Put those two observations together, and you’ve got what you see above. The vertical lines are from the wire lines (the wires forming the body of the mold): the wires indent the paper, leaving tiny little hills between the impressions that pick up the ink. The difficult-to-see horizontal lines come from the chainlines, but since those come not from wires biting into the paper but from a series of knots sewn onto the wooden ribs stabilizing the frame, they don’t leave indentations and so don’t create valleys that escape the ink to the same degree.

After the paper was made, it ran through the press. The side of the sheet we’re looking at was the inner form and was printed second; the other side of the sheet (the outer form) was printed first, which means that the words from A3r are slightly raised from the vantage point of A3v (when they pressed into the paper on one side, they pushed out the paper on the reverse side). And because those words are raised, they pick up the ink more heavily, so that we can see them in reverse. At the top of the image, towards the left, are the reverse of the words “CHRISTIAN State”; in the middle, also towards the left, is the reverse of “Armes, or Art.” (Don’t be shocked at my ability to decipher those last ones. Take a look at the other side of this page and you’ll be able to connect the dots, too.)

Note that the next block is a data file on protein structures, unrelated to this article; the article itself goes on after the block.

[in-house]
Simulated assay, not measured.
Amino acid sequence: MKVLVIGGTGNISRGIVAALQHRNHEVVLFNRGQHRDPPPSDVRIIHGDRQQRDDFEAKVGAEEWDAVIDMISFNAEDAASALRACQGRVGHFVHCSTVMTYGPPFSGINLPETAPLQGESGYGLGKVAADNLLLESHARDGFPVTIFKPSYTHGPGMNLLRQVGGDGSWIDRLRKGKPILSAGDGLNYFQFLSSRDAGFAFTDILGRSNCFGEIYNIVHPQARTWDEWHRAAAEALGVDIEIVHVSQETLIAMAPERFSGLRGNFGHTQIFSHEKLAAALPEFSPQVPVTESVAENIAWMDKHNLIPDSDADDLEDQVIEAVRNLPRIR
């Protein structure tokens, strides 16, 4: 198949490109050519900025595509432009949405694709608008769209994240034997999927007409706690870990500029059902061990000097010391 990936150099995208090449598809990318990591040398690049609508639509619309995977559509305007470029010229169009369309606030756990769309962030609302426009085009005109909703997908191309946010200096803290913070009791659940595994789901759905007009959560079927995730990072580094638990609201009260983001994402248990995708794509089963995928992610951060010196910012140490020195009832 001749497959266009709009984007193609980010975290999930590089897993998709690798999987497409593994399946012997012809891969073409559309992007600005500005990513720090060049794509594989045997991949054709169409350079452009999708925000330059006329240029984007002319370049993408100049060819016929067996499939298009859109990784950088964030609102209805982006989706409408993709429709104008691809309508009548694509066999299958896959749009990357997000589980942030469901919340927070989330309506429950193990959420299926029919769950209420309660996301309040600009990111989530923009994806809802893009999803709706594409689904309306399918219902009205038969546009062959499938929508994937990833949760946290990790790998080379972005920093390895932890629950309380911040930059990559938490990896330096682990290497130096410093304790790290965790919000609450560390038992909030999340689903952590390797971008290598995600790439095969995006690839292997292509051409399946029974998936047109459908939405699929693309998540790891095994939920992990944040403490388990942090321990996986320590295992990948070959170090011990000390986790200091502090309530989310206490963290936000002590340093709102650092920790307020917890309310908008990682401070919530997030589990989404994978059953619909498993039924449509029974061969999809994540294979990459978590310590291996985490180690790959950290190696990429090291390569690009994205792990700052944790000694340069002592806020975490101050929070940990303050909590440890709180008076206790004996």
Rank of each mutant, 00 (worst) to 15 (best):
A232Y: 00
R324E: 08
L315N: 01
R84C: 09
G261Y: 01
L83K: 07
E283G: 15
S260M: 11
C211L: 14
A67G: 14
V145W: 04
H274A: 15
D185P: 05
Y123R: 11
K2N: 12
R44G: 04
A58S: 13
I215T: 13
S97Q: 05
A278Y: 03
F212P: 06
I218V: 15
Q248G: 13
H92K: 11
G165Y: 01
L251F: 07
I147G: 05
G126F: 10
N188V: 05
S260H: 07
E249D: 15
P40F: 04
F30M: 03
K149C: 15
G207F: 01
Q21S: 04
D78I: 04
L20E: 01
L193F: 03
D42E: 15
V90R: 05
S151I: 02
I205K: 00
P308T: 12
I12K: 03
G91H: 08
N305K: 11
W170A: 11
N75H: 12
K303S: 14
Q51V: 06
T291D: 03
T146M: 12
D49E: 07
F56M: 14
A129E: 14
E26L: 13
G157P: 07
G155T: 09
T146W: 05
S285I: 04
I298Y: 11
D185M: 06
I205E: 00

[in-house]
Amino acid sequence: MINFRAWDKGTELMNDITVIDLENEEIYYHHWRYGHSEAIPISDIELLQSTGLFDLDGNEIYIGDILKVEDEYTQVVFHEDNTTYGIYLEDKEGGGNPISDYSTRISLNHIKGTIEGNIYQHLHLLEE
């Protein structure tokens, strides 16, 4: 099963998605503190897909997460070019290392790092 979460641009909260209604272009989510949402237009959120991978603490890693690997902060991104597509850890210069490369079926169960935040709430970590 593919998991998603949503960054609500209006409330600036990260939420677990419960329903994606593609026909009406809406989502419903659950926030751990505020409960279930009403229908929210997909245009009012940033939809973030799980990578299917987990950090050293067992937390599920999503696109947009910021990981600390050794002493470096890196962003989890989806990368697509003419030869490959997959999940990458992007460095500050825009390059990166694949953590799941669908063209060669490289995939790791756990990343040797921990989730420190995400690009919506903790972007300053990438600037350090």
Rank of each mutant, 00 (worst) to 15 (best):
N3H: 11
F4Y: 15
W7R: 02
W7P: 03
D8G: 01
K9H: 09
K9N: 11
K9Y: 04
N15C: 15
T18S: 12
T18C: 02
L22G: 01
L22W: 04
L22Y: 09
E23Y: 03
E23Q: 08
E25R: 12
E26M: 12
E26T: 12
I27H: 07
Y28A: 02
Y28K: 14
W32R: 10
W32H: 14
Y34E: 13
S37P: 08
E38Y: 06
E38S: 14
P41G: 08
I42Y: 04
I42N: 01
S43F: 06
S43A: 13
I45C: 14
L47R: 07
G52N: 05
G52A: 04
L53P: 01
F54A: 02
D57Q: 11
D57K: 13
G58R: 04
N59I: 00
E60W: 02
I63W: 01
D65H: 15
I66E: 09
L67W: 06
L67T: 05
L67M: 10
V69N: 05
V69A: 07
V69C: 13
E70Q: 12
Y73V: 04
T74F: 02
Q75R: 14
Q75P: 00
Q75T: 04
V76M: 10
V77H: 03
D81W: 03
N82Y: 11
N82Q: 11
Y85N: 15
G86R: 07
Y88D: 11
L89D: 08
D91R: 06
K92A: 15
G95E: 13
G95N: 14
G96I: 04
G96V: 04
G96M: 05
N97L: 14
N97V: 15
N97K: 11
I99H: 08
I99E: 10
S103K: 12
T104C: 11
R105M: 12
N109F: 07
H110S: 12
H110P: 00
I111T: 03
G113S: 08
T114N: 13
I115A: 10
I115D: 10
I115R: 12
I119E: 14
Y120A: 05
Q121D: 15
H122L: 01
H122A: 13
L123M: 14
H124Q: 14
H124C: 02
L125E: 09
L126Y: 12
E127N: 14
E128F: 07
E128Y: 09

And what’s happening with those lovely curved lines? Those, as Jan Kellett noticed, come from the grain of the wood that makes up that woodcut. Once there was a tree, and it grew according to the seasons, marking that growth in its rings. When the tree became a piece of wood that was used to print a book, it carried along those signs of its life, a slightly uneven surface that left its secret story behind in the ink.

It was that combination of mourning and secret stories of growth that reminded me of Eliot’s opening to The Waste Land:

April is the cruellest month, breeding
Lilacs out of the dead land, mixing
Memory and desire, stirring
Dull roots with spring rain.

This is a book of poems mourning the death of an eighteen-year-old prince, a book that wears its heart on its sleeve. And yet underneath that surface are signs of growth and life. Can we bring that life back to the surface? How do we mix what we read with what we see, and what we see with what is underneath its surface? I don’t have the answers, but I love that this image makes me ask those questions.


Full credit should for recognizing the wood grain should go to Randy McLeod; the reason we have this image in Luna (where I’d seen it and deciphered most of it) is from his work on it, and it was reading his piece that led me to recognize the curved lines as wood grain. You can read more about this particular image and more broadly about the ways in which we can think about the depth of paper and books in R. MacGeddon’s “An Epilogue.” ((R. MacGeddon [pseud. Randall MacLeod], “An Epilogue: Hammered” in Pete Langman, ed. Negotiating the Jacobean Printed Book (Ashgate, 2011), pp 137-99.))

I focused here on the past of this book, the processes that it went through as it became a book, but there’s more to be said about what happened to its material life after it came into being. I’ll write about its (not-so-secret) future in another post!